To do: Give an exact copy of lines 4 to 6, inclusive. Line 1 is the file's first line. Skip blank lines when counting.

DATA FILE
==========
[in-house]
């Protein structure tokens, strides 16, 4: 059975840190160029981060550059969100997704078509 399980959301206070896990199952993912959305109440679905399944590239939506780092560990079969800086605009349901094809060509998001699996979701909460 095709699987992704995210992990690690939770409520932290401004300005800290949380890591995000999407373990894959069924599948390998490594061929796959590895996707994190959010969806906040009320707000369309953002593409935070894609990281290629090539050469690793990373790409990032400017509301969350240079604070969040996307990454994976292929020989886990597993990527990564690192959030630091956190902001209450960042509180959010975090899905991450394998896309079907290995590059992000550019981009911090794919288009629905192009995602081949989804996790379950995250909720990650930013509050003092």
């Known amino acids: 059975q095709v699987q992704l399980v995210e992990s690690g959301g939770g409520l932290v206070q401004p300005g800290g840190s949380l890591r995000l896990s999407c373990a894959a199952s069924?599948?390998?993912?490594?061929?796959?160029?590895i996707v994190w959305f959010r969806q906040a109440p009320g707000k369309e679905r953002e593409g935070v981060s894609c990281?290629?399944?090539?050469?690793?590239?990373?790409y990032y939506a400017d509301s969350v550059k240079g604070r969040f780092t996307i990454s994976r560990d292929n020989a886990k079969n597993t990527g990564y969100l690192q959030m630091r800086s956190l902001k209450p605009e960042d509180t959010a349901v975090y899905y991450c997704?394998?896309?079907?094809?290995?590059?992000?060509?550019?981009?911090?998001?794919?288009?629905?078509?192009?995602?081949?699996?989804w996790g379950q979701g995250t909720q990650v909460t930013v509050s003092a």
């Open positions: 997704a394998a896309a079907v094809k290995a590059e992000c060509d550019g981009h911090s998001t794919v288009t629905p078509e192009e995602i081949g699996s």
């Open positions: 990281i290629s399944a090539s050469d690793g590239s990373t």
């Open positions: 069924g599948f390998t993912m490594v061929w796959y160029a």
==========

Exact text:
């Open positions: 997704a394998a896309a079907v094809k290995a590059e992000c060509d550019g981009h911090s998001t794919v288009t629905p078509e192009e995602i081949g699996s």
């Open positions: 990281i290629s399944a090539s050469d690793g590239s990373t």
């Open positions: 069924g599948f390998t993912m490594v061929w796959y160029a």